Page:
You don’t often hear people in the fashion industry refer to shoes as “torture contraptions”. But anyone who’s squeezed their feet into stilettos on a regular basis might be inclined to agree with Rosetta Getty’s rather grisly description of fashion’s most commonly found footwear. As a businesswoman, mother-of-four and member of one of America’s pre-eminent families, Getty doesn’t have the time or patience to hobble along in poorly designed shoes. “It’s not a good feeling to be suffering all day when your feet are aching and you can’t bear to take another step because you have a blister,” she says.
This insistence on functionality is one of the reasons Getty has this season partnered with Ecco, the Danish footwear brand renowned for its orthopedically approved shoes, to create a collection of clogs. “I wanted something that really supports us through the long days of working and picking up kids and all the other things we do,” says Getty from Los Angeles, where the designer is based. But another and more pressing reason for the collaboration is in its eco-credentials: the leather has been tanned using Ecco’s water-saving technology, DriTan. Developed over five years at the company’s labs, the process is estimated to save 20 litres of water per hide, equating to over 20 million litres of water a year.
“Water consumption is a huge issue across every fashion sector,” says Ecco creative director Liam Maher. “We’re highly aware of how urgently our entire industry needs to challenge manufacturing norms if we are going to improve and distinguish shoemaking in the future.”
Of all the industry’s bad habits, tanning is one of the least environmentally friendly. Not only are traditional methods extremely water-intensive, it also results in a leftover “sludge”, often containing harmful chemicals, that goes into landfill. In some instances, contamination from this process can find its way into water supplies – a huge problem for those communities that depend on the industry for employment. DriTan technology relies on the natural moisture that already exists within each hide to help with the tanning process, therefore reducing the amount of water needed and the amount of leftover waste – Ecco estimates it will save 600 tonnes of sludge going into landfill each year.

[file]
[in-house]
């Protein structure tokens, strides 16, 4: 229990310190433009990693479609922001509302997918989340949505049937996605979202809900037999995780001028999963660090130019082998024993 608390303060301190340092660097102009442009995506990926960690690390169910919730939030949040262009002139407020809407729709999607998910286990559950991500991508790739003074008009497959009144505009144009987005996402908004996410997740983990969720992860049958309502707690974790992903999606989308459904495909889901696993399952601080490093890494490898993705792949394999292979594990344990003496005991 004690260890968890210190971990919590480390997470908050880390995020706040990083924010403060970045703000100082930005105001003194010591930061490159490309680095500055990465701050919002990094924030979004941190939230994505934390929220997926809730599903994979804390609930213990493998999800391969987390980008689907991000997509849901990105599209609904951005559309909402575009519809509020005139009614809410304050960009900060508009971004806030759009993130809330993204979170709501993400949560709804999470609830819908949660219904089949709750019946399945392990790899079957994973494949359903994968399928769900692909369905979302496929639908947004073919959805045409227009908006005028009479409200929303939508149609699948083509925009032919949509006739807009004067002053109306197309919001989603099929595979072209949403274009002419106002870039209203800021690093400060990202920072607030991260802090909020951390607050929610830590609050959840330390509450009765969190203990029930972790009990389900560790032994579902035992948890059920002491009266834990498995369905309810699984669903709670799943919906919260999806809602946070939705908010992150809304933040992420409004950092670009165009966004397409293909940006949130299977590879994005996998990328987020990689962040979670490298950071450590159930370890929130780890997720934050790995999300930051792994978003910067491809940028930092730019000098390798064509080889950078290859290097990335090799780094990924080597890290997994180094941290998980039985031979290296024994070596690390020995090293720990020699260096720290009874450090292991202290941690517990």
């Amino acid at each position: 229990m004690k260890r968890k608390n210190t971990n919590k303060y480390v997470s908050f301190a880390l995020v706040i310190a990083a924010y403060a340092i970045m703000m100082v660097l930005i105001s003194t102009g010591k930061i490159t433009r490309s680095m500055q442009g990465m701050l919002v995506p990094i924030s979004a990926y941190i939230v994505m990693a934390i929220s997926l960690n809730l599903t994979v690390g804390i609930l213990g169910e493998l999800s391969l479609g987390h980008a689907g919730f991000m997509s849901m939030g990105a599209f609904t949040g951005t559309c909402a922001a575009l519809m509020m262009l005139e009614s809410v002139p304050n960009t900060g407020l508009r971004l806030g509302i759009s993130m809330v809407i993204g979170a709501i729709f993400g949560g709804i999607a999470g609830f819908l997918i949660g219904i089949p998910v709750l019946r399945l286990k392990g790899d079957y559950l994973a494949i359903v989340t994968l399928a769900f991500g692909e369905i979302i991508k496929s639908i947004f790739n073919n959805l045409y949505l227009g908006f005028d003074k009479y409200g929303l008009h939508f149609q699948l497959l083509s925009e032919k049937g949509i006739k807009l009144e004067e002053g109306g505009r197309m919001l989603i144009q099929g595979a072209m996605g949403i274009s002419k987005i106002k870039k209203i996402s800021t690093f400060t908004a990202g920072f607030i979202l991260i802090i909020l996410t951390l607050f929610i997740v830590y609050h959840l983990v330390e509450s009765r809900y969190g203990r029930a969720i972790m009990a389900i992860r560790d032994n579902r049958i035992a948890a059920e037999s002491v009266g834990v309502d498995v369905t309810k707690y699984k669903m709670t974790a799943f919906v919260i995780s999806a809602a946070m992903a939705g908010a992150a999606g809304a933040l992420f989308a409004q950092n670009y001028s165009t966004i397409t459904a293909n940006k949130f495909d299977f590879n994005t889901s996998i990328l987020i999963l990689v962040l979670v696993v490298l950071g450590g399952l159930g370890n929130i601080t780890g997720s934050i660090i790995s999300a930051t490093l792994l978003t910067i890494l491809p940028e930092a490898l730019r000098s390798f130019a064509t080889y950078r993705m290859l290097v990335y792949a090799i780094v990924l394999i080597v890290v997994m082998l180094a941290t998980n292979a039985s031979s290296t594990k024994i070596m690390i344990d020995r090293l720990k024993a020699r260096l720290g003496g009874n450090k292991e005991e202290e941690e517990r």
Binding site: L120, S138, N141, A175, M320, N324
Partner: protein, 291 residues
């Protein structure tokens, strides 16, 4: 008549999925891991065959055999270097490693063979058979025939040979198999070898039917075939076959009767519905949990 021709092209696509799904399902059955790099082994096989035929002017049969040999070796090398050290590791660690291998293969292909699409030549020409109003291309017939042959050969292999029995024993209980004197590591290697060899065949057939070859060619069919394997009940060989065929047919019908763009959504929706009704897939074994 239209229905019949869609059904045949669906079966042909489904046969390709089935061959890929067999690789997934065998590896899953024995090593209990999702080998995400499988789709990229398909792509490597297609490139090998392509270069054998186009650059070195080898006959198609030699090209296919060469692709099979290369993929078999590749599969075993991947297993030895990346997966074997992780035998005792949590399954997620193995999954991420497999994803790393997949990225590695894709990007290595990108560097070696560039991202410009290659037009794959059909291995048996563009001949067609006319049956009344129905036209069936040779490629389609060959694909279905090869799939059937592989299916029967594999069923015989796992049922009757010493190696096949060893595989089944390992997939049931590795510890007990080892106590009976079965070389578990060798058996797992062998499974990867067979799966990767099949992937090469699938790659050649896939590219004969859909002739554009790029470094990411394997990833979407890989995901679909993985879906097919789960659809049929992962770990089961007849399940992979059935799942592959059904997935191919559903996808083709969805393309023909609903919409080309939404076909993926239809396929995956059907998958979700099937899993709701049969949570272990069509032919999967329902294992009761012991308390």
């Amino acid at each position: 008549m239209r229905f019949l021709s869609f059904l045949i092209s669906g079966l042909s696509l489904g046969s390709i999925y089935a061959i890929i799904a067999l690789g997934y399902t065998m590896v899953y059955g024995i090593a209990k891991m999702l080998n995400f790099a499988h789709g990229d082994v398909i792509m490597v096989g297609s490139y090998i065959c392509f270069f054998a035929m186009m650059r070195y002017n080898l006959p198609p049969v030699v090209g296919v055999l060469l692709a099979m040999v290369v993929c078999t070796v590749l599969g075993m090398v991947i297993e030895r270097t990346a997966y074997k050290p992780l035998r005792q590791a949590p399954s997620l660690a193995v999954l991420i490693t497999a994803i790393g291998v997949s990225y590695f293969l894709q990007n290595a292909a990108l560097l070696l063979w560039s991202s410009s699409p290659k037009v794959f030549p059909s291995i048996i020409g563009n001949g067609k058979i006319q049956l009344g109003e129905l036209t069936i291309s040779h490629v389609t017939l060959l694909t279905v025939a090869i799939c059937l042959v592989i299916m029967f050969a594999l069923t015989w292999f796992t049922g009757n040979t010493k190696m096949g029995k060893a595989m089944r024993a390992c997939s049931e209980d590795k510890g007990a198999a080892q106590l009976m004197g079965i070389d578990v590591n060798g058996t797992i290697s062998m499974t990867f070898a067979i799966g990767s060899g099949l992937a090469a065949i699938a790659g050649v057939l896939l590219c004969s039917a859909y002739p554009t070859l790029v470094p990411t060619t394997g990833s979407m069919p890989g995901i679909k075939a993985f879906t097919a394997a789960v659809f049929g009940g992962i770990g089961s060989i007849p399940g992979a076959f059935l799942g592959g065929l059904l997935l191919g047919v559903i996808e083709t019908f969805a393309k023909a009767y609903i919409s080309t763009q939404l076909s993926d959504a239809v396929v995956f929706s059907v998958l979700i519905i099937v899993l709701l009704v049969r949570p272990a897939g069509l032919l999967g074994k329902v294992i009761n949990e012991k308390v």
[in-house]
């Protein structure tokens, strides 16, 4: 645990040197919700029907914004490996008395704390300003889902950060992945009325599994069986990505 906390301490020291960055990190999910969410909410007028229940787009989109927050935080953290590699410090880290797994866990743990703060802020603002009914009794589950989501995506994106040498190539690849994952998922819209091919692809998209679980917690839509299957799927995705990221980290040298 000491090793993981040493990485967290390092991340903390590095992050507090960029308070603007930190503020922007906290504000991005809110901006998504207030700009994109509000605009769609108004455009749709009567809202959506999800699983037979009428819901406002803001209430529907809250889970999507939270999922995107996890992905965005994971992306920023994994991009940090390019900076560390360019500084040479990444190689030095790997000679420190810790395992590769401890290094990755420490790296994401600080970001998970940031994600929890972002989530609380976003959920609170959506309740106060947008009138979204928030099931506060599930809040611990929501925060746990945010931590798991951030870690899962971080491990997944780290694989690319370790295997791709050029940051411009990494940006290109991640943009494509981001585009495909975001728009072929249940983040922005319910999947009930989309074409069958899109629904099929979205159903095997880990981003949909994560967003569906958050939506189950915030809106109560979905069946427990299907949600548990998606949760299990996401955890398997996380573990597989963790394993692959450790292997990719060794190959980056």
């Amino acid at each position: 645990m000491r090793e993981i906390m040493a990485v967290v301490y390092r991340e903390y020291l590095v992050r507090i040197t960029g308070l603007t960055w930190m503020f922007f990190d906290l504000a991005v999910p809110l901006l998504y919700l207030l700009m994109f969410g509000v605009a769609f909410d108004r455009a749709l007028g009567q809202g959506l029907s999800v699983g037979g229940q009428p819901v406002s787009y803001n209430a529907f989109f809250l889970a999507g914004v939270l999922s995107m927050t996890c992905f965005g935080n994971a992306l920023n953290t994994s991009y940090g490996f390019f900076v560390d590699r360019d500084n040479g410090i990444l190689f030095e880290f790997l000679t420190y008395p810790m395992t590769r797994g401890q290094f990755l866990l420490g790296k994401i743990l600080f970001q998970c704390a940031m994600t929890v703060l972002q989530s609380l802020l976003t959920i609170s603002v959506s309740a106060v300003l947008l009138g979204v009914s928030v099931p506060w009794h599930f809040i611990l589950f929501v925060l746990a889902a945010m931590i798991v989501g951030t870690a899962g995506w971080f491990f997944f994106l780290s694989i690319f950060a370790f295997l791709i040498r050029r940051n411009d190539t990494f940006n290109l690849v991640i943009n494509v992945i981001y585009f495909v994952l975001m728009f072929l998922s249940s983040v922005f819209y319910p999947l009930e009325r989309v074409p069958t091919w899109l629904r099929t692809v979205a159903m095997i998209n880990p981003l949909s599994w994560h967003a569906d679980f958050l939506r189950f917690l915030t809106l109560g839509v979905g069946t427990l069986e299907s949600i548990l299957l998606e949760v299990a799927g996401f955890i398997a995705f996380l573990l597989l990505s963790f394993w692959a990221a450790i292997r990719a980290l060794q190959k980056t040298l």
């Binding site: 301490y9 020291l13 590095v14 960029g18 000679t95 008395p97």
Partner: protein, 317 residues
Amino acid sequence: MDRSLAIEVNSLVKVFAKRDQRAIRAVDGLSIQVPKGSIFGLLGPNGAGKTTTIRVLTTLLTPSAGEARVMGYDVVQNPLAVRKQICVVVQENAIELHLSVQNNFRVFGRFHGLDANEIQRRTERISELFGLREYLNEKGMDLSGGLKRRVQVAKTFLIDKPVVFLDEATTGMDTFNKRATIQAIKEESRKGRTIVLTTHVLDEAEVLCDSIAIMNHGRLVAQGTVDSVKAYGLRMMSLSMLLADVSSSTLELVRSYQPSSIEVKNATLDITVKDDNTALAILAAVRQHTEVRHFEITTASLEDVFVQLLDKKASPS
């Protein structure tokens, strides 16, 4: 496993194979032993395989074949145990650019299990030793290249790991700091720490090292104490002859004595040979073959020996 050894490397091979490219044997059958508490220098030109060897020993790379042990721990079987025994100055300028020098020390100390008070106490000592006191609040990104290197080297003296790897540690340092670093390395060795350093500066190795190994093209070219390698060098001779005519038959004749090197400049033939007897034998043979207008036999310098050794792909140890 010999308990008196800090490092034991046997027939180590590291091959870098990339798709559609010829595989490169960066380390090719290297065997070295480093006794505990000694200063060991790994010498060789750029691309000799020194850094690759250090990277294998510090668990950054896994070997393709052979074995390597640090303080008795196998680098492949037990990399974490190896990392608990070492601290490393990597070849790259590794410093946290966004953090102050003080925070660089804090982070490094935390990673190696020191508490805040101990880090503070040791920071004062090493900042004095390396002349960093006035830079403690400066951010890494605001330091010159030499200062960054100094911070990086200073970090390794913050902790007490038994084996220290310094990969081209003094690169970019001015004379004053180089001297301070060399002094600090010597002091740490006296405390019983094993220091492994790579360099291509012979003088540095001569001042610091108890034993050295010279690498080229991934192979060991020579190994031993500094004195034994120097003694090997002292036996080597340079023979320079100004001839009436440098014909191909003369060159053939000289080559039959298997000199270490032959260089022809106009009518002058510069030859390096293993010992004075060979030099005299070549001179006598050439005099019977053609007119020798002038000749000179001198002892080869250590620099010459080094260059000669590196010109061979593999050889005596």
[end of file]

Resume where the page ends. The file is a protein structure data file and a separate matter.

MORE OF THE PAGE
Clean water is an issue close to Getty’s heart. Nearly a decade ago, she travelled to Haiti to provide aid following the 2010 earthquake and saw first-hand the issues that arise from unsanitary water. In response, she and actress Patricia Arquette – a friend since childhood – founded GiveLove, an organisation that provides emergency resources and training for water-scarce communities, including Colombia, Uganda, Kenya, India and the US.
“Travelling to Haiti opened my eyes to the importance of clean water and the damage that arises when waterways are polluted,” says Getty. “When we talk about the environmental damage from the garment industry, the leather tanning and dyeing process is a huge part of it.”
DriTan leather is near indistinguishable in terms of feel and quality from the kind usually used in luxury products – which means there was no compromise in incorporating it into Getty’s high-end collections (the shoes retail from $395). “I’ve always wanted to make something that’s beautiful and feels very luxurious but also supports our lifestyles and our priorities,” says Getty. The collection, which is influenced by the clean lines of the Bauhaus movement, comprises four styles, all of which are designed around the traditional clog and include an open and closed-toe design, a sneaker-style and even a Chelsea boot hybrid. The palette goes from blood-red or lemon-yellow to beige, black and white.
As well as using sustainable materials, the shoes are made with Ecco’s FluidForm technology, which connects the sole to the upper of the shoe without stitching or chemical glue. “Every single aspect of the shoe – from the materials to the design – takes the environment into consideration,” says Getty. While Ecco started using DriTan in its production last year, this collaboration marks the first time a luxury house has tapped into the technology. Maher says Ecco is now looking at ways to upscale the technique in its own business and beyond. “The team is envisioning a time in the not-so-distant future when tanneries unconnected to Ecco could use the DriTan process.”
Getty sees this as the start of something big: “At the moment it’s being used in a small way, but the sky’s the limit. It’s going to make such a huge difference.”